By Sonia Livingstone
We’ve seen recent calls for Safety by Design, Privacy by Design, and more. To ensure children’s best interests in a digital world, these are all vital. In combination, they promise to address the problems resulting from Risky by Design.
But even if designers and providers of digital products and services took action in all of these ways, it would not be enough. As Herzberg would say, safety, privacy, security and ethics are “hygiene factors” – they are necessary but not sufficient for a beneficial outcome. They address the problems, but do little to facilitate children’s agency, motivation, creativity, participation or the host of positives that the digital world could and should afford children.
Building a positive vision of free play in a digital world is particularly important because the very idea of digital play has become controversial, gathering disparaging or downright hostile judgements from policymakers and the public. Indeed, the dominant narrative is so preoccupied with anxieties about screen time, addiction and online risks (often, though not always, with good reason) that it can seem preferable to try and turn the clock back to a pre-digital world. Certainly, it becomes difficult to talk about “what good looks like” or to encourage children to experiment, explore and take risks so as to build resilience online.
The idea of “by Design” has considerable merit, however. It embeds ethical values into the very process of innovation, trying to retrofit solutions to existing technology when it is, often, too late or too expensive.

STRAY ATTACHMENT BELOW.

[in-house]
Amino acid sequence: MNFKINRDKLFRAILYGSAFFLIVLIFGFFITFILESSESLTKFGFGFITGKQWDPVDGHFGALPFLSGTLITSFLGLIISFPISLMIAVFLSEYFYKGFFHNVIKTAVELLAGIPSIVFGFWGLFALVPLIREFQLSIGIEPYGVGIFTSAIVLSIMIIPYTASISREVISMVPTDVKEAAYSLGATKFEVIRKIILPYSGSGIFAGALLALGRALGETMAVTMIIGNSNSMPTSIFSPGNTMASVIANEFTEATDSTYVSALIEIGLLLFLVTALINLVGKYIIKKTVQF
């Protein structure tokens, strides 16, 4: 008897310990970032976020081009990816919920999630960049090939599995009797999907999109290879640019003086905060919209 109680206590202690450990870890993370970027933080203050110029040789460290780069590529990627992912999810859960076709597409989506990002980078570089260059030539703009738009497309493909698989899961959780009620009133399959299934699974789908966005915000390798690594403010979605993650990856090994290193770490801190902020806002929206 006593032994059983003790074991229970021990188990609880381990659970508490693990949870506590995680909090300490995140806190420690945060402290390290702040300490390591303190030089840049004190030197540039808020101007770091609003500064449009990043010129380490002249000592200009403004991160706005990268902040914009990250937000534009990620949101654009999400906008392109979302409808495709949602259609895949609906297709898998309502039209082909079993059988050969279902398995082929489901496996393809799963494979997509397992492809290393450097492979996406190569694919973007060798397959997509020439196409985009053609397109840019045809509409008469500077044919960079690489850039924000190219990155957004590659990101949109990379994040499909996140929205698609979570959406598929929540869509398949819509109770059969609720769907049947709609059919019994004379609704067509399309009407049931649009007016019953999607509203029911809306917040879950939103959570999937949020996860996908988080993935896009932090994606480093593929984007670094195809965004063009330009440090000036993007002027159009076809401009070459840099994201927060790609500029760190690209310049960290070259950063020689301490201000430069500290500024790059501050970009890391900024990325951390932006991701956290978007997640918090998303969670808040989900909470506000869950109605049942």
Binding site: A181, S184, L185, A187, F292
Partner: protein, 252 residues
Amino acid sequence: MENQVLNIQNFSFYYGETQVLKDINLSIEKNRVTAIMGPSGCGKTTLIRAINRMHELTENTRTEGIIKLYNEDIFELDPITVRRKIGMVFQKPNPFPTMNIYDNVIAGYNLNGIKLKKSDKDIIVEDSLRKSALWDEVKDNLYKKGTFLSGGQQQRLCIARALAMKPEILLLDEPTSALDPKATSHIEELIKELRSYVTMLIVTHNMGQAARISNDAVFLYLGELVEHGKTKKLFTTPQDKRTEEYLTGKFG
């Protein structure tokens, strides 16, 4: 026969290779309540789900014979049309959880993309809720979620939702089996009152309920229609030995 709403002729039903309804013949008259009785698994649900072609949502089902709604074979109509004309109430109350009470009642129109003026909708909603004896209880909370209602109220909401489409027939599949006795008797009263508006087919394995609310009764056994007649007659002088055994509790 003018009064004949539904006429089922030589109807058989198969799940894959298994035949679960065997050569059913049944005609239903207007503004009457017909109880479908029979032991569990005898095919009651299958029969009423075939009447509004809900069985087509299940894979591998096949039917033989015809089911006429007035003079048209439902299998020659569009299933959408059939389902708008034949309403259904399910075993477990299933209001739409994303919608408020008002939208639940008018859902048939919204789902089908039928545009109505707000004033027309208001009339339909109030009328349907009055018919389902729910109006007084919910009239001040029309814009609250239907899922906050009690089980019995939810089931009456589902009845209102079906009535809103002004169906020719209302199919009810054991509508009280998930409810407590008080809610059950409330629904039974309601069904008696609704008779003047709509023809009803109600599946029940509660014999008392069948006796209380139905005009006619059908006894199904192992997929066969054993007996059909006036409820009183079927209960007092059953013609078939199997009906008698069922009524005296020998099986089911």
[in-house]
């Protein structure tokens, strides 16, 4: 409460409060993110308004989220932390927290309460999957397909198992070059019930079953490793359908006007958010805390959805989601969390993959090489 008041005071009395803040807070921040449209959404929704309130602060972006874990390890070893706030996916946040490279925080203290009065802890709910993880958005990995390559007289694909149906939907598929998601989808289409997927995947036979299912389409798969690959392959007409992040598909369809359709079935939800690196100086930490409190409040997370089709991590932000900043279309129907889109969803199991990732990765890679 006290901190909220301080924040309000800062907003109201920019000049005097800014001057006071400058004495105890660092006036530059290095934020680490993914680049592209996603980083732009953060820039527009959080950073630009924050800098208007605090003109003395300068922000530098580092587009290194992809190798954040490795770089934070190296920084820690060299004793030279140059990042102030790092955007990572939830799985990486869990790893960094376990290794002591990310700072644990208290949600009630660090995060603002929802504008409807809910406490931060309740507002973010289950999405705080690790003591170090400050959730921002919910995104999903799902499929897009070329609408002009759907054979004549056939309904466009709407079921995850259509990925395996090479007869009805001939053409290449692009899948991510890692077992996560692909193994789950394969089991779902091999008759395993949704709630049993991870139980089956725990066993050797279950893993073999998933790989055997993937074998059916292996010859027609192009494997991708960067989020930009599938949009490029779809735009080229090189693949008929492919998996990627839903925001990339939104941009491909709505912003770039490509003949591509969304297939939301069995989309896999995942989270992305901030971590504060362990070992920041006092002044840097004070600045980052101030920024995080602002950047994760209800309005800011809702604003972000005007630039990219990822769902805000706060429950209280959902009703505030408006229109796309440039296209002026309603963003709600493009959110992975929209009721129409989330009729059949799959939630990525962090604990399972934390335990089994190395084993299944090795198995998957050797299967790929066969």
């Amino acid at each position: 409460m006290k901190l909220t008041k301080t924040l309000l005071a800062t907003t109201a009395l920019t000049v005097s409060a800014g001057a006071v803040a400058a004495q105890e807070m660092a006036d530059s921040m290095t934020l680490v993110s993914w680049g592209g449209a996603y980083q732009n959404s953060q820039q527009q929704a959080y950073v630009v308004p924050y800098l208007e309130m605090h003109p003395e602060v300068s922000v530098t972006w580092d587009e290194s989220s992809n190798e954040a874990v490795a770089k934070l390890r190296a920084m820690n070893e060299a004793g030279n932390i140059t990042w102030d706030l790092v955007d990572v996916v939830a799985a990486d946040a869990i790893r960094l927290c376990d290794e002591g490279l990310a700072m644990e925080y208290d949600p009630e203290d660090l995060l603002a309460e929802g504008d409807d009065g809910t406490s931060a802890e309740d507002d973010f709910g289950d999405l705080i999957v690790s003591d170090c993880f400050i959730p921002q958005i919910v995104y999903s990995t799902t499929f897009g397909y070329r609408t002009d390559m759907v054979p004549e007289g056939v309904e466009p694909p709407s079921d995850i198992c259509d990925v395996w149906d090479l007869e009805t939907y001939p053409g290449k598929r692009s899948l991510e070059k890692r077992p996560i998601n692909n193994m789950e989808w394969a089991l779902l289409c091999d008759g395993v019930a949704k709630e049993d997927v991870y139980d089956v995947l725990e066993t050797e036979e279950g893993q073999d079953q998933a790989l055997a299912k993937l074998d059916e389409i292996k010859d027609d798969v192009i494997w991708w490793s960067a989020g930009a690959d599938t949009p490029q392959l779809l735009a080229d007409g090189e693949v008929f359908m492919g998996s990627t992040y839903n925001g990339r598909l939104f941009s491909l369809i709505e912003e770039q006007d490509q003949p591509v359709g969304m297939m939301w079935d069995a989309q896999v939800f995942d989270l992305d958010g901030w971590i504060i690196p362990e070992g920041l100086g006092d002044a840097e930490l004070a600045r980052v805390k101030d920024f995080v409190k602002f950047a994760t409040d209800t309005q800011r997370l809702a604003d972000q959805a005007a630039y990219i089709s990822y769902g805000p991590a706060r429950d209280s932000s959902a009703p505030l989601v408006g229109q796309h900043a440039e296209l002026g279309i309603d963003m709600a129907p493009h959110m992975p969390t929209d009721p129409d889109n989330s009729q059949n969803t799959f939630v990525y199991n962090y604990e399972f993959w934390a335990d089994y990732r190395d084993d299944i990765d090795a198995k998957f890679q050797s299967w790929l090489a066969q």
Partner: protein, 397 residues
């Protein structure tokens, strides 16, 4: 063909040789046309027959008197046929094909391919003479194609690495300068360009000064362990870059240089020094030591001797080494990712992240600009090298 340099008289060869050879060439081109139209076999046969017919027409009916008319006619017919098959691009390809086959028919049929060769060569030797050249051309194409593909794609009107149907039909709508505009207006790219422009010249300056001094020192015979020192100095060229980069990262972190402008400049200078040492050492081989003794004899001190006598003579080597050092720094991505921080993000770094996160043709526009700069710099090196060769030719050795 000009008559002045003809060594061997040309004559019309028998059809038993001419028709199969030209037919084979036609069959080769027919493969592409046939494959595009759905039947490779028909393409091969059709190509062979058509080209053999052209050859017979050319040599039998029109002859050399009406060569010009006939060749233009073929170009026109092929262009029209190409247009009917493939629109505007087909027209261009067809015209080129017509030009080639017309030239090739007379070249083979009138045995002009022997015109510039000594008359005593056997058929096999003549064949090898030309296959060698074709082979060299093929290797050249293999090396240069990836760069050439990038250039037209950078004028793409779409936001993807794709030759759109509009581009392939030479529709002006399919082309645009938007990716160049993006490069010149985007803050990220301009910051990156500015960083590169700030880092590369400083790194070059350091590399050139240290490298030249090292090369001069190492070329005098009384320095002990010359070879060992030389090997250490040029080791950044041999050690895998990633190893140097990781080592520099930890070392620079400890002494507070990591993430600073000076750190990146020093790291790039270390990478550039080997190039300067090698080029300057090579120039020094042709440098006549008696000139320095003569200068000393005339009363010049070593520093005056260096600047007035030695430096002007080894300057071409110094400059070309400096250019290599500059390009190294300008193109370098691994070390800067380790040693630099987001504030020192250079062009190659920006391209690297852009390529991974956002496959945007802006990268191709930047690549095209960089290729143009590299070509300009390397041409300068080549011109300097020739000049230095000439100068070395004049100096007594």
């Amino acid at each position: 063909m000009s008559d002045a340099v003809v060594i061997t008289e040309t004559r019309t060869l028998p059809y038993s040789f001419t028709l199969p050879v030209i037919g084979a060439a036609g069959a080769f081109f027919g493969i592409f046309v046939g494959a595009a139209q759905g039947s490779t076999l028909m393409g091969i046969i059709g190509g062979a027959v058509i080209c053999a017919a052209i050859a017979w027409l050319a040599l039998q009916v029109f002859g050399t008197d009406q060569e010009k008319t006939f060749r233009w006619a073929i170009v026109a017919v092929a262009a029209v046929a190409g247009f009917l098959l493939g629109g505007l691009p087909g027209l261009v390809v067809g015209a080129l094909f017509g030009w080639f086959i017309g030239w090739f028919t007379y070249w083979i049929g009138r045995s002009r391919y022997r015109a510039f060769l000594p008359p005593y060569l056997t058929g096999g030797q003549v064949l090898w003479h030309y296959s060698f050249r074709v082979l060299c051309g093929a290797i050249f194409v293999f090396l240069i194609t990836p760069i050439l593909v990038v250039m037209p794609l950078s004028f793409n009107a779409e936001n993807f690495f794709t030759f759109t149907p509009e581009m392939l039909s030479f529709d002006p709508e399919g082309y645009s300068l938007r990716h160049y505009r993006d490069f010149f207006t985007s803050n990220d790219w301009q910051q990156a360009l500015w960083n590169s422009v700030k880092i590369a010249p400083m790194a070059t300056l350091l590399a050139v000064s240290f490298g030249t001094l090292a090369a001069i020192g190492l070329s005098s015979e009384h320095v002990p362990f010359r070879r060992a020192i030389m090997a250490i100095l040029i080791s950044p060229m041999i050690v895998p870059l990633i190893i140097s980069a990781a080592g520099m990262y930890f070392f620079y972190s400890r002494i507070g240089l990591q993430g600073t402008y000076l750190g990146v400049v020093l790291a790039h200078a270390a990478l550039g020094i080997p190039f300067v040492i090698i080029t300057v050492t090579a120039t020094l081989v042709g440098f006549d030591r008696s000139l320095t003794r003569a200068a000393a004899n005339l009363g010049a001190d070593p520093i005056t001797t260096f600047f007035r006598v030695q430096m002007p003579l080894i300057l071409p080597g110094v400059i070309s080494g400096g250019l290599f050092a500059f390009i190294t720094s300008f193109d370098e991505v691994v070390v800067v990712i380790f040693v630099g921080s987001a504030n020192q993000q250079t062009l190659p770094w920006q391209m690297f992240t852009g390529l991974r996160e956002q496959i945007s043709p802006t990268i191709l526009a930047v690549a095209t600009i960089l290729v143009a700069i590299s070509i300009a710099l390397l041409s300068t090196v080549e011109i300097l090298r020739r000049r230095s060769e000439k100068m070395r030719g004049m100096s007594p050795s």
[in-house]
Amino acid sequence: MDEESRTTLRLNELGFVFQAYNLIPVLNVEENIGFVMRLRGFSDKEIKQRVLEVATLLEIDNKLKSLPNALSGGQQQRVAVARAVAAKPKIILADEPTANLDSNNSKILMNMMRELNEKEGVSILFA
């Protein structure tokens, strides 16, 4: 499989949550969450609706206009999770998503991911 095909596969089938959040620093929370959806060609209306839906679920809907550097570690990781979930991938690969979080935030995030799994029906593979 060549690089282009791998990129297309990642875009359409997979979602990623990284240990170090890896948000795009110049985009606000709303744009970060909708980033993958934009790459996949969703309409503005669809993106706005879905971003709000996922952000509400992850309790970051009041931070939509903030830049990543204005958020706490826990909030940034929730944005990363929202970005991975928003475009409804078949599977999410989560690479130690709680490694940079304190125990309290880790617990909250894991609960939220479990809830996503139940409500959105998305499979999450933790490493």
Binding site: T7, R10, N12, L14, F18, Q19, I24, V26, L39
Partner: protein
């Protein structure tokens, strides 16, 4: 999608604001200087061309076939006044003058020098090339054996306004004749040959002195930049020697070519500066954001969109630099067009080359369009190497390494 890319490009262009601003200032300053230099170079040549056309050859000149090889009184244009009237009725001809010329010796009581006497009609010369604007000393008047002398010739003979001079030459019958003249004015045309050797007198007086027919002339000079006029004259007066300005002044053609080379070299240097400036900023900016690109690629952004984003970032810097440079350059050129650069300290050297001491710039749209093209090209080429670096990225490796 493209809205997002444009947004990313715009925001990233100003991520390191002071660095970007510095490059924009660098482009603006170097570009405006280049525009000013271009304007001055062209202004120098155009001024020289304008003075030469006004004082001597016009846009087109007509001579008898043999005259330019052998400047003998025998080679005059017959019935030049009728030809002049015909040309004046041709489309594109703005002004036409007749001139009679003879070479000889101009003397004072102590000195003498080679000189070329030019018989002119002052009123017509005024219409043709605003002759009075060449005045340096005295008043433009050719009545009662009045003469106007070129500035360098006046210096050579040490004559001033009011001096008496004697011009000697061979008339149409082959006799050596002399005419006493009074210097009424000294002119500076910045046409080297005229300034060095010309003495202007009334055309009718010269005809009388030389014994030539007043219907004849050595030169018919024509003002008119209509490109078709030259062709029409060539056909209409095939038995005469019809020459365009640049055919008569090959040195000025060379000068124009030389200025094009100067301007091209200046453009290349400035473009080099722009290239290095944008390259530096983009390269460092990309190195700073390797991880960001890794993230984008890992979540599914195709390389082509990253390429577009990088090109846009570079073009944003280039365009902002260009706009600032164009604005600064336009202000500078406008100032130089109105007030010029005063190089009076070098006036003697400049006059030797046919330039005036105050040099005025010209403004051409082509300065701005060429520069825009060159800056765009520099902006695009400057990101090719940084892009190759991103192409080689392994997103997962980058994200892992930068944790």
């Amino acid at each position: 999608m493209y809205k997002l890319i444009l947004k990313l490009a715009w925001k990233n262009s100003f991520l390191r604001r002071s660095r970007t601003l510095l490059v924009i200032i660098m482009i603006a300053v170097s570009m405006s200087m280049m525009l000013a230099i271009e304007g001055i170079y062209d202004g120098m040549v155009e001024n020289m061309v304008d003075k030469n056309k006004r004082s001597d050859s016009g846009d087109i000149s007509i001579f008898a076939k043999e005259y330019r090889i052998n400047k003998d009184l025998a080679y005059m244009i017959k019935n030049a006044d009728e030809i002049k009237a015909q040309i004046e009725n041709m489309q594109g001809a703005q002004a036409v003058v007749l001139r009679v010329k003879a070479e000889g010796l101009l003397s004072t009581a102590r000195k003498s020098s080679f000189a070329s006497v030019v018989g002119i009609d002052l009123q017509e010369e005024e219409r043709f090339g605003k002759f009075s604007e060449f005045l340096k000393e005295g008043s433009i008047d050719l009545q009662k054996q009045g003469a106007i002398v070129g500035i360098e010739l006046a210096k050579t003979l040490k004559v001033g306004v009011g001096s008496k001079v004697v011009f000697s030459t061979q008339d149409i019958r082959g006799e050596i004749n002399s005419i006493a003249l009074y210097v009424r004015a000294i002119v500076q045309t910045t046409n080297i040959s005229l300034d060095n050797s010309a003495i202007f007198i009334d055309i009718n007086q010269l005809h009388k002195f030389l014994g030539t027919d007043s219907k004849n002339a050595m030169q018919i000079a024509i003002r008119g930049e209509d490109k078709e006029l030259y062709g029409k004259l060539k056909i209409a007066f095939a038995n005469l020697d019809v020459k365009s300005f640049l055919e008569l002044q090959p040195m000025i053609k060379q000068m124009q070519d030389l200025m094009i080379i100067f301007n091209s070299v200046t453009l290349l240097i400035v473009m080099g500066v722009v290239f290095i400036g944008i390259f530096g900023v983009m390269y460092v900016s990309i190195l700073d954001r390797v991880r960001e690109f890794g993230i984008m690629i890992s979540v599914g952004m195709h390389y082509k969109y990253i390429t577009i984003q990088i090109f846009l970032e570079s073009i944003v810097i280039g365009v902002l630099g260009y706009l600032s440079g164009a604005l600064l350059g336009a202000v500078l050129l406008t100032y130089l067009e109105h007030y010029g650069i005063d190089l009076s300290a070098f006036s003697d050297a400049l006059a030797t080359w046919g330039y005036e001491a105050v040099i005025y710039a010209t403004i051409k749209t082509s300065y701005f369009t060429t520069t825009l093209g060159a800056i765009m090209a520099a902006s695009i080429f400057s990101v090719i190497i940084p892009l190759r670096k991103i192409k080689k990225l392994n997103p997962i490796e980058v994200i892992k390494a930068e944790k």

“Design is the human power of conceiving, planning, and making products that serve human beings in the accomplishment of their individual and collective purposes.” (Richard Buchanan)
This human power can result in products that serve people well or poorly, depending on a host of factors relating to business, regulation, technical knowledge and cultural norms. Crucially, this is a human power, so let’s exercise it well.
Building on recent work on designing for child rights in digital contexts and nondigital contexts, and learning from the Digital Futures Commission’s recent academic research and a public consultation, we have proposed Playful by Design.
Playful by Design sets out the 12 qualities of children’s free play to be optimised in the digital environment. The focus is on children’s agency, pleasure, motivation, development and a host of positive benefits. Crucially, we are now figuring out the design features that enable or impede the qualities of play. We’ll publish our full report in the autumn.
- You can read about this work in our short report just published.
- You can watch Sonia Livingstone’s recent keynote lecture to the Gamesym 2021 conference.
- If you sign up to our mailing list, we’ll keep you in touch with our developments.
You can download Playful by Design here.